Picture Notes: On 07/10/2013, I drove some company that was visiting from Kansas out to Cold Creek to see if we could get lucky and capture some pictures of feral horses that commonly roam the area. We were not disappointed. During the nearly two hours we spent there, we must have observed more that 25 of these wild animals either walking the road or roaming the desert areas along side the road leading to town. Stopping on several occasions for a closer look and some “petting” opportunities, I was able to capture several dozen pictures, which I narrowed down to the half dozen or so shown here. As you can see in (Figs. 06 & 07), Jim and his daughter Christina were both amazed at how “tame” most of the animals were; many times walking right up to us for closer inspection, or more likely looking for a handout. If you have never been to Cold Creek, I encourage you to make the time for a visit. As many times as I have been here, I never come away disappointed. Note: If you do go to visit this area, please resist the urge to offer them food, as it is illegal to feed them.  
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Boulder Dam Hotel - Boulder City

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This page last updated on 01/09/2018
(Fig. 01)
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This Dutch Colonial-style hotel (Figs. 01 & 02) is located in the heart of the historic district of downtown Boulder City. Built in 1933 to accommodate the many visiting government and corporate project managers that were supervising the building of Hoover Dam, the Boulder Dam Hotel quickly gained a world wide reputation from a steady flow of dignitaries and celebrities. It was named to the National Register of Historic Places on August 19, 1982. Today this charming hotel  provides a 24/hour front desk inside its beautiful main lobby and offers 20 quaint, comfortable, newly-remodeled rooms and suites with all of the modern amenities including free wi-fi internet service and a “cooked to order” continental breakfast. The beautifully decorated lobby with period furnishings going back to the 30’s and 40’s is ideal for capturing some “period” photos such as that found in (Fig. 03) below. I want to give special thanks to my two models, Jim Herrington and his daughter Christina for providing these two great poses.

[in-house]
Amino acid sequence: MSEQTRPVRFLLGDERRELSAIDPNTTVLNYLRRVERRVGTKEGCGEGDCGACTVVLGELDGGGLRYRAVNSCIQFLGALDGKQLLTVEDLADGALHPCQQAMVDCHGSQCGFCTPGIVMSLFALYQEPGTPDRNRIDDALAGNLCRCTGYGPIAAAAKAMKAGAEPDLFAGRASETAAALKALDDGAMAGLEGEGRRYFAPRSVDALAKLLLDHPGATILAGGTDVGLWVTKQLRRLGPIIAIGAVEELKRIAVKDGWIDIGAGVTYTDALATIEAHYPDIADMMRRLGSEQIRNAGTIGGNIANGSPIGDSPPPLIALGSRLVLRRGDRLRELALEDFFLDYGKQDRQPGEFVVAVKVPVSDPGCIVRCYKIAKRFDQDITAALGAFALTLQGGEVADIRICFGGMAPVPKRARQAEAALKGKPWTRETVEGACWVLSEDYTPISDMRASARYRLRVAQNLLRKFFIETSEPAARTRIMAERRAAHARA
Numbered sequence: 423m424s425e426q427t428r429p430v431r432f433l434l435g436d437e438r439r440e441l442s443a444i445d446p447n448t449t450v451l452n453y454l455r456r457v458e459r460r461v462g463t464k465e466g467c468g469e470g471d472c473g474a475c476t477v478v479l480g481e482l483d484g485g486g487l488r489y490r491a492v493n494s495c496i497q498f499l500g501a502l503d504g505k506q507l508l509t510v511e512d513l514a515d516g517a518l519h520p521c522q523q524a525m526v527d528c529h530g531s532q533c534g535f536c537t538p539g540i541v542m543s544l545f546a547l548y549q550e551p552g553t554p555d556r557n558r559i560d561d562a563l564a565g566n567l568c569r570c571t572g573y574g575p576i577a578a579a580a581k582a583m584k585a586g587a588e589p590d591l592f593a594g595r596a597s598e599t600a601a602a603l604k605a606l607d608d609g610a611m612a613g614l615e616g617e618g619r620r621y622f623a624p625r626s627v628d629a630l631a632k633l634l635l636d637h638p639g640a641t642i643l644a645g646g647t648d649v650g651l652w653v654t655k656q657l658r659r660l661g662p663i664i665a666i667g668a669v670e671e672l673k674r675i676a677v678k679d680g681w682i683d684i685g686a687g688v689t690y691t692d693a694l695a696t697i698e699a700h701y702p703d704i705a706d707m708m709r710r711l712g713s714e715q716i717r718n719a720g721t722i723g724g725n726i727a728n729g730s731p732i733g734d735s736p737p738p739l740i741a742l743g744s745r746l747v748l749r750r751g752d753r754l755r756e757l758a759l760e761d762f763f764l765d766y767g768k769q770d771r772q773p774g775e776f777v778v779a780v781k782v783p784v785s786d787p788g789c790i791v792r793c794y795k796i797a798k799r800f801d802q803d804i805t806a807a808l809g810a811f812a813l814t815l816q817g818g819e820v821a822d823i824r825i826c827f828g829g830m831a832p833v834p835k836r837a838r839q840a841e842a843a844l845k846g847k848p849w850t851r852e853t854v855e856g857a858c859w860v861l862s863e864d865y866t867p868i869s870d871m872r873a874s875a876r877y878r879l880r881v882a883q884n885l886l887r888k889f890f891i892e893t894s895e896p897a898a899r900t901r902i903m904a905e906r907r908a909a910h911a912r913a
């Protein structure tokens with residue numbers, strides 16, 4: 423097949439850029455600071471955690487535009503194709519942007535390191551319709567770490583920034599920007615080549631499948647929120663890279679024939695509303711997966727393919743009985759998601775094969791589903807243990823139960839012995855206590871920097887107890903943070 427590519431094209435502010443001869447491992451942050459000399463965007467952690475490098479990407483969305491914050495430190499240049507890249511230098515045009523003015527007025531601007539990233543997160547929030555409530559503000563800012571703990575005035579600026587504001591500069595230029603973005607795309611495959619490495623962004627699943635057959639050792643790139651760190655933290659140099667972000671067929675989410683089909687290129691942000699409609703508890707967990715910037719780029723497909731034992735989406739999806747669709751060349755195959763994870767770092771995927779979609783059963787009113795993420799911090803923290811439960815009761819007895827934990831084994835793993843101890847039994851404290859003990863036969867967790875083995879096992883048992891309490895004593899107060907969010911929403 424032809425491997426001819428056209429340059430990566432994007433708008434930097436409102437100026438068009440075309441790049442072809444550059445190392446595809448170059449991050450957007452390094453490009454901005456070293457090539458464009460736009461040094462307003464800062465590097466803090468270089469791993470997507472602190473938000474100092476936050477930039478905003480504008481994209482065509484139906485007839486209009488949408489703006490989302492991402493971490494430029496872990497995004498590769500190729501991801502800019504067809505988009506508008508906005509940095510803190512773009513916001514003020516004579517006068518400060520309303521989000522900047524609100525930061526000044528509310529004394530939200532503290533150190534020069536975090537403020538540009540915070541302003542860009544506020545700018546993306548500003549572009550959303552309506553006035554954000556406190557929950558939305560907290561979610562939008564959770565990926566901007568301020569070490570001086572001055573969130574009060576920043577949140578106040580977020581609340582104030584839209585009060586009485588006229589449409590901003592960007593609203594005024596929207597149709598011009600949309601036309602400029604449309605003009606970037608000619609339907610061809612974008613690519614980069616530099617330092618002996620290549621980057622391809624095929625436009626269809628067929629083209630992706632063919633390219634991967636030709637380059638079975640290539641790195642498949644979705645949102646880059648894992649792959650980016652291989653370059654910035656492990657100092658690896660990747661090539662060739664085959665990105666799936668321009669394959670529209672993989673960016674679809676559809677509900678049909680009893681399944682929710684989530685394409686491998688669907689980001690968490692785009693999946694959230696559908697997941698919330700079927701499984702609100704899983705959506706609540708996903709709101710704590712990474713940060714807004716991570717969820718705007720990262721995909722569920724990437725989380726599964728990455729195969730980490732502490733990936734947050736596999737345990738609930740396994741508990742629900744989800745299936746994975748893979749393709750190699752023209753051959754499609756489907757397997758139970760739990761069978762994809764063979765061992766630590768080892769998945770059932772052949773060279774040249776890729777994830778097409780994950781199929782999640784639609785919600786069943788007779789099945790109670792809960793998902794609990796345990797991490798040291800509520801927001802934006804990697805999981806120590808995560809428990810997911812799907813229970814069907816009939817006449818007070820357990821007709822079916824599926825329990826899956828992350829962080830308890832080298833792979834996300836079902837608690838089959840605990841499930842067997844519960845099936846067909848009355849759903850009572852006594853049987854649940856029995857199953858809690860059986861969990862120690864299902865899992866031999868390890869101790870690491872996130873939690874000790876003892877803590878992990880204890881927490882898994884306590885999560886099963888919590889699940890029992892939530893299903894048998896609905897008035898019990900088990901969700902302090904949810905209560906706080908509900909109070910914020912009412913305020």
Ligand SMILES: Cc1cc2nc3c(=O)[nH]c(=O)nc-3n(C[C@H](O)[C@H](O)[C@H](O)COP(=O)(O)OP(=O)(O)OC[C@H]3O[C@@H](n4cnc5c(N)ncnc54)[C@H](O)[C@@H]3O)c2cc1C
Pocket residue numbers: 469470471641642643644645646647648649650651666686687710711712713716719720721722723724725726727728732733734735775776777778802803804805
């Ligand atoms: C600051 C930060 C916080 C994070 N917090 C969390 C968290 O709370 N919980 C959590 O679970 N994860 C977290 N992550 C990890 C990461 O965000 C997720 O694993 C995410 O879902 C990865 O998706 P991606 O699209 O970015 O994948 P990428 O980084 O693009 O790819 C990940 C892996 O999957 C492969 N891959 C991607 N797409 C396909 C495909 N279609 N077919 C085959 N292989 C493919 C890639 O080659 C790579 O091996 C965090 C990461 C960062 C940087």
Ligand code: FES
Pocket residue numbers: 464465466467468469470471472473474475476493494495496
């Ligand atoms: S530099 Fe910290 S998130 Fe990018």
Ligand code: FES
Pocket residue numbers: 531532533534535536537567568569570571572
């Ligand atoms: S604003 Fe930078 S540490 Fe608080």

(Fig. 03)
There is even a small “Boulder Dam Museum” located behind the lobby that highlights the experiences and suffering of the men and families who built Hoover Dam. It makes you appreciate both the determination and character of our ancestors and the harsh life and conditions that they endured in the building of this colossal dam, recognized as one of seven man-made wonders of the U. S.

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However, in addition to the charm of the hotel itself, I feel the real hidden “gem” here is “Matteo’s, a restaurant & lounge that is located inside the hotel just off the beautifully furnished and decorated lobby. Open to the public for breakfast and lunch, the newly remodeled dining room offers a casual and relaxing dining atmosphere that harkens back to the era of the 30’s & 40’s (Fig. 05). Its menu offers a unique split featuring authentic Northern Italian & Continental cuisine. The Italian side of the menu features recipes directly from Rome and a broad continental side, which will appeal to most everyone. All of its menu offerings are well prepared, with portions large enough to fill any hungry traveler. It even offers outdoor dining & entertainment in a beautiful little courtyard (Fig. 04). This restaurant makes the perfect before of after stop whenever visiting Hoover Dam and the new Mike O'Callaghan – Pat Tillman Memorial Bridge or when just pursuing the dozens of quaint shops and antique establishments the permeate Boulder City’s downtown historic district. Over the years we have shared many enjoyable dining experiences here with several of our friends, neighbors and relatives (Figs. 06-08). Our most recent lunch visit with company is portrayed in the (Fig. 09) polyptych – Jim and his huge Club Sandwich, Connie with a Chili Bowl topped with chopped onions, cheese and a side of homemade Cornbread, Christina with Chicken Fingers and Sweet Potato Fries, and myself with homemade Split-pea Soup and homemade Cornbread, and oh yea, unlimited refills on ice teas and beverage drinks. Love it! 
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Boulder Dam Motel